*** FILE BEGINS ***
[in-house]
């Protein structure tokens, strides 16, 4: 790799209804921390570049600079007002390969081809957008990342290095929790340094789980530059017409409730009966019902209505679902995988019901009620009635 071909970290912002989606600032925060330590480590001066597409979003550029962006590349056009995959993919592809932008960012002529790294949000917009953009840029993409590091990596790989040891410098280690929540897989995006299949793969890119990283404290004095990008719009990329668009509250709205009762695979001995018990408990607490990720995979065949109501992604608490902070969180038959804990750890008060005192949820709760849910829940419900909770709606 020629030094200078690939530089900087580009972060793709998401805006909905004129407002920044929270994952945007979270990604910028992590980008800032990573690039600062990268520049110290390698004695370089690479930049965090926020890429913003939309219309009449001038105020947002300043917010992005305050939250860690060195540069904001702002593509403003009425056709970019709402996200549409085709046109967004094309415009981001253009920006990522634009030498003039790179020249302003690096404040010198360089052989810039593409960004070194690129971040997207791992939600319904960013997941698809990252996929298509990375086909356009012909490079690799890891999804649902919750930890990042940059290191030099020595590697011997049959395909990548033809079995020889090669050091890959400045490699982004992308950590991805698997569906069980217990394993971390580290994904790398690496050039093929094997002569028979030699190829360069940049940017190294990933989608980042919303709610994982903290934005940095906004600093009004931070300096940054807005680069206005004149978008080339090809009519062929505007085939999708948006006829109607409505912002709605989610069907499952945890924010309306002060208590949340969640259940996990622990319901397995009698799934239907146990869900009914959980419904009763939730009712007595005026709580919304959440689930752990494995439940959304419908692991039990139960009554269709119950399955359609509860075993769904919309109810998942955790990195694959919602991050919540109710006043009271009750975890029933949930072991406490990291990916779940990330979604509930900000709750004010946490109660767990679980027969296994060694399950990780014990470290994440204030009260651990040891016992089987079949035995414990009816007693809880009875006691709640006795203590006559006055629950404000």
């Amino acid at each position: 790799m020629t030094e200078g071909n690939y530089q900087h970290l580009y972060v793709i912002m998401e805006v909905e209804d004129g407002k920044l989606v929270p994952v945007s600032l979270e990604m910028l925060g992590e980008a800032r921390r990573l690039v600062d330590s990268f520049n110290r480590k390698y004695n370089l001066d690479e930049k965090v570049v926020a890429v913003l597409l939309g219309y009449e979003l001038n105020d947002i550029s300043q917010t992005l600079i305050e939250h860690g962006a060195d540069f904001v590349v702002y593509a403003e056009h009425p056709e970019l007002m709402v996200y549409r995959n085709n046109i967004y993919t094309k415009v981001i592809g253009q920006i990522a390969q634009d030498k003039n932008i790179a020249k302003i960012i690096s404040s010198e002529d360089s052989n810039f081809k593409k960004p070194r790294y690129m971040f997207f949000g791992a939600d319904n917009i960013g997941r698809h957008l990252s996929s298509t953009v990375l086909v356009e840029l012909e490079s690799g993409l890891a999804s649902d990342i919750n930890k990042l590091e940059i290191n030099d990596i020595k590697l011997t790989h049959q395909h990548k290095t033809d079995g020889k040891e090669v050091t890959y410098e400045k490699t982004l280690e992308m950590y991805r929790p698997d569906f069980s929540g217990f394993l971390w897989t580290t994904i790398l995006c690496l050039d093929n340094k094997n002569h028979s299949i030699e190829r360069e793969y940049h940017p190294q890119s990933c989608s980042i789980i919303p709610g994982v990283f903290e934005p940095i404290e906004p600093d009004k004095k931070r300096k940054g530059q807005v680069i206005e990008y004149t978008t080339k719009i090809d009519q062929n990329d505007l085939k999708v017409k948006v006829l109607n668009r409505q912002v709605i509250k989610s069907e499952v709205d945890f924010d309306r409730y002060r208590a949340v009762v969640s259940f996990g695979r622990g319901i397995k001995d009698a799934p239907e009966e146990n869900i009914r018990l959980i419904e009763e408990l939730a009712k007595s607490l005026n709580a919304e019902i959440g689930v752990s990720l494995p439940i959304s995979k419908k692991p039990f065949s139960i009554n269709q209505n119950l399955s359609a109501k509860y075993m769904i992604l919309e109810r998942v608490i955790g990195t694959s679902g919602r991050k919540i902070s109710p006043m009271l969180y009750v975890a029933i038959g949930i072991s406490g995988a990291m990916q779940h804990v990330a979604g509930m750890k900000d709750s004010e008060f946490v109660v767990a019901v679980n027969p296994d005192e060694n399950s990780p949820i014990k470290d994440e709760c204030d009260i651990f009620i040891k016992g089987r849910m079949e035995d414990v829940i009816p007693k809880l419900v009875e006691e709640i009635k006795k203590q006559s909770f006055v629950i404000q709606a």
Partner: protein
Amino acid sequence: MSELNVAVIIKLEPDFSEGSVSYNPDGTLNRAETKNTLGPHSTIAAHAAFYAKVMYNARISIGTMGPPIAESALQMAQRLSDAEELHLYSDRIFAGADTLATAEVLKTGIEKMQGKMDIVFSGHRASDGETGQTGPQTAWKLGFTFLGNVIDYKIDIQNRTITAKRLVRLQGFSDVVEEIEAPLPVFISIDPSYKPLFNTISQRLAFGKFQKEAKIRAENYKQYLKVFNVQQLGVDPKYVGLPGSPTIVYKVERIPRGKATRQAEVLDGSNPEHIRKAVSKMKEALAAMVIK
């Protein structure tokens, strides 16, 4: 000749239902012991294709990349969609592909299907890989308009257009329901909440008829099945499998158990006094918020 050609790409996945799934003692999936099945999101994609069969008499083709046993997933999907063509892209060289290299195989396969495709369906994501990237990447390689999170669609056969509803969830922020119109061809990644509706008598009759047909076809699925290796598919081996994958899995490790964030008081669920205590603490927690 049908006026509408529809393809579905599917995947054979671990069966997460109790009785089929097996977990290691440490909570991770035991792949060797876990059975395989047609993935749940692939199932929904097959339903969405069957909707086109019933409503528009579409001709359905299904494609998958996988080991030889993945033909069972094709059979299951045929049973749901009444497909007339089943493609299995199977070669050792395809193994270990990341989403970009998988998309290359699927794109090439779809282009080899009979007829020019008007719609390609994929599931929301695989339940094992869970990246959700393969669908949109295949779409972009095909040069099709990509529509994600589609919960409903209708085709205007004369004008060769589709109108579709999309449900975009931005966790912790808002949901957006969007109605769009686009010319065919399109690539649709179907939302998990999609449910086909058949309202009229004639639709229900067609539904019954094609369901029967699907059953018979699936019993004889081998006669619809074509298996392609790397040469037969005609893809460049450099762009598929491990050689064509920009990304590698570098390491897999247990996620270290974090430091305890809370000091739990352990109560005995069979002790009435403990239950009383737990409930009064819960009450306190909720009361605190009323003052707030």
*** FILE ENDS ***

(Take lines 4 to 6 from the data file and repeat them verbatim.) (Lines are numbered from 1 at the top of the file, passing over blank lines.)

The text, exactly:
Partner: protein
Amino acid sequence: MSELNVAVIIKLEPDFSEGSVSYNPDGTLNRAETKNTLGPHSTIAAHAAFYAKVMYNARISIGTMGPPIAESALQMAQRLSDAEELHLYSDRIFAGADTLATAEVLKTGIEKMQGKMDIVFSGHRASDGETGQTGPQTAWKLGFTFLGNVIDYKIDIQNRTITAKRLVRLQGFSDVVEEIEAPLPVFISIDPSYKPLFNTISQRLAFGKFQKEAKIRAENYKQYLKVFNVQQLGVDPKYVGLPGSPTIVYKVERIPRGKATRQAEVLDGSNPEHIRKAVSKMKEALAAMVIK
């Protein structure tokens, strides 16, 4: 000749239902012991294709990349969609592909299907890989308009257009329901909440008829099945499998158990006094918020 050609790409996945799934003692999936099945999101994609069969008499083709046993997933999907063509892209060289290299195989396969495709369906994501990237990447390689999170669609056969509803969830922020119109061809990644509706008598009759047909076809699925290796598919081996994958899995490790964030008081669920205590603490927690 049908006026509408529809393809579905599917995947054979671990069966997460109790009785089929097996977990290691440490909570991770035991792949060797876990059975395989047609993935749940692939199932929904097959339903969405069957909707086109019933409503528009579409001709359905299904494609998958996988080991030889993945033909069972094709059979299951045929049973749901009444497909007339089943493609299995199977070669050792395809193994270990990341989403970009998988998309290359699927794109090439779809282009080899009979007829020019008007719609390609994929599931929301695989339940094992869970990246959700393969669908949109295949779409972009095909040069099709990509529509994600589609919960409903209708085709205007004369004008060769589709109108579709999309449900975009931005966790912790808002949901957006969007109605769009686009010319065919399109690539649709179907939302998990999609449910086909058949309202009229004639639709229900067609539904019954094609369901029967699907059953018979699936019993004889081998006669619809074509298996392609790397040469037969005609893809460049450099762009598929491990050689064509920009990304590698570098390491897999247990996620270290974090430091305890809370000091739990352990109560005995069979002790009435403990239950009383737990409930009064819960009450306190909720009361605190009323003052707030």